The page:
2059 Royal Field Artillery
Died of illness 25th June 1916, aged 35
Lived at 42 Red Lion Street
Buried in Burnley Cemetery, UK
St Peters Memorial,
Burnley Express 1st July 1916
Michael Cain was born
at Burnley and was the husband of Annie Cain of 42 Red Lion Street, Burnley.
He enlisted at Blackburn and served as Driver 2059 in the 3rd/1st East
Lancashire Brigade of the Royal Field Artillery. He died at home after
illness aged 35 on Sunday, 25th June 1916.
The Burnley Express
of July 5th 1916 reported that:-
“Driver Michael Cain was buried last Thursday at Burnley Cemetery.
He died at home the previous Sunday whilst home on sick leave. Although
he was with the Royal Field Artillery at Whitchurch at the time he fell
ill about seven weeks ago, he had seen 2years 4 months service in the
Boer war in the 3rd Battalion., East Lancashire Regiment and had also
been in service with the local Territorials at the beginning of the present
war so that he had given good service.
Driver Cain was 35 years of age. As stated he went through the Boer War.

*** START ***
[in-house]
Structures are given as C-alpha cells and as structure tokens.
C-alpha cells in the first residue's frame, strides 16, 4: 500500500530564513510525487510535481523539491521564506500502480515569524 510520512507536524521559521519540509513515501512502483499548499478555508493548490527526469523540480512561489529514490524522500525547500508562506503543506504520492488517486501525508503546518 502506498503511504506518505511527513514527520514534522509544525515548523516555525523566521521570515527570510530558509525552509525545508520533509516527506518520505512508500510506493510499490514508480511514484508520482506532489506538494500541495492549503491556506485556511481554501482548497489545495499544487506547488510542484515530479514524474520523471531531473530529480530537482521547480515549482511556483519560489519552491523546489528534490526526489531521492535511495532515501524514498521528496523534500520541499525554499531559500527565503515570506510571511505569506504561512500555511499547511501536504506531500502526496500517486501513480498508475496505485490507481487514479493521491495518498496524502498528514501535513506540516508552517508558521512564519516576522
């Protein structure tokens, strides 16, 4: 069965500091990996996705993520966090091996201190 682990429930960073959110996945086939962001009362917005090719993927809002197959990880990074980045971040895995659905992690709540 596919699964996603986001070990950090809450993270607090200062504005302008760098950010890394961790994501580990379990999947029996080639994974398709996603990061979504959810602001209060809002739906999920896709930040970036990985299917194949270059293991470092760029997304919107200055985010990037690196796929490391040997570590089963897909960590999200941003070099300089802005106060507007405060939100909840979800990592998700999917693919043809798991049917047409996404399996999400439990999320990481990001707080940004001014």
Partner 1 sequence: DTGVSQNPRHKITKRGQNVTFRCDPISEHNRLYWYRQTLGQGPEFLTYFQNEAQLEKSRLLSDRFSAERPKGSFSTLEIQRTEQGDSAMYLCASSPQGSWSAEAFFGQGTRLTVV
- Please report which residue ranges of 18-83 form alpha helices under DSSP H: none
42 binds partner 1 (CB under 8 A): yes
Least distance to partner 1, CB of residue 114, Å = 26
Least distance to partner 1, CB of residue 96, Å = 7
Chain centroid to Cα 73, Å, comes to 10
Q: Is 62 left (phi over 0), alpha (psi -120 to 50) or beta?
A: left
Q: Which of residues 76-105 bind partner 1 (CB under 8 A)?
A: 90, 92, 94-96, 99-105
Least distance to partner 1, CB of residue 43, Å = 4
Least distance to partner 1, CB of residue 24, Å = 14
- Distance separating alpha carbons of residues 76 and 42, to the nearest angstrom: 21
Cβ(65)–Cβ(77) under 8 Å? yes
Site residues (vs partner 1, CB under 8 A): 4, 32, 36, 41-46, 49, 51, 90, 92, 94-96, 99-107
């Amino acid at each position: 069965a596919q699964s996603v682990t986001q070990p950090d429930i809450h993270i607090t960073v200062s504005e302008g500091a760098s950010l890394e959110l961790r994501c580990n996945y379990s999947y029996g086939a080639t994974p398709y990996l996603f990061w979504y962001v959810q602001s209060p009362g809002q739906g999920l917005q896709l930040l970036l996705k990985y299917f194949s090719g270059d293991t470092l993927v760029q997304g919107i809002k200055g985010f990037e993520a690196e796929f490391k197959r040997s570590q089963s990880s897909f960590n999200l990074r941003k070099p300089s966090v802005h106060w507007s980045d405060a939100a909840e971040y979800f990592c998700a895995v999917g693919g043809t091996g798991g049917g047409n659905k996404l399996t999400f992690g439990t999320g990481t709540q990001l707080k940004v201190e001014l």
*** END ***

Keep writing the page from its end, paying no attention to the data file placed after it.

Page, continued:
At that time he was in the 3rd East Lancashire Regiment and though not
wounded in that campaign he was slightly injured through a fall from a
horse. At that time he was about 19 years of age. Since then he has been
a moulder at Proctor’s Mechanical Stoker Works, Hammerton Street
and was a member of the Moulders’ Union and a Roman Catholic attending
St. Mary’s Church.
When this war broke out Cain rejoined the Territorials in September 1914.
He was in Egypt for nearly 9 months before being invalided with lung trouble
just before the 1st/5th Bn East Lancs Regiment went to Gallipoli. The
sand in Egypt had an irritating effect on him. He was soon better on arriving
home and immediately re-enlisted in th R.F.A. having been in training
at Whitchurch about a year. Some 7 weeks ago he was invalided home and
subsequently died from a lung complaint a week last Sunday. He leaves
a wife and 3 children..
At the funeral last Thursday, the coffin was covered with the Union Jack,
and several soldiers attended, including two who had served with him in
South Africa and Egypt. These along with four members of the Moulders
Union acted as bearers, and the Roman Catholic Rector from Lowerhouse
officiated at the graveside.
November 2001 Michael Cain – a white cross in memory placed for
Remembrance Sunday outside the Thompson Centre.
Michael Cain was also commemorated on the Pickup Croft Sunday School Memorial
which was dedicated on 16th September 1922. Pickup Croft was a mission
church of St Peter’s Parish and was also used as an Infant School.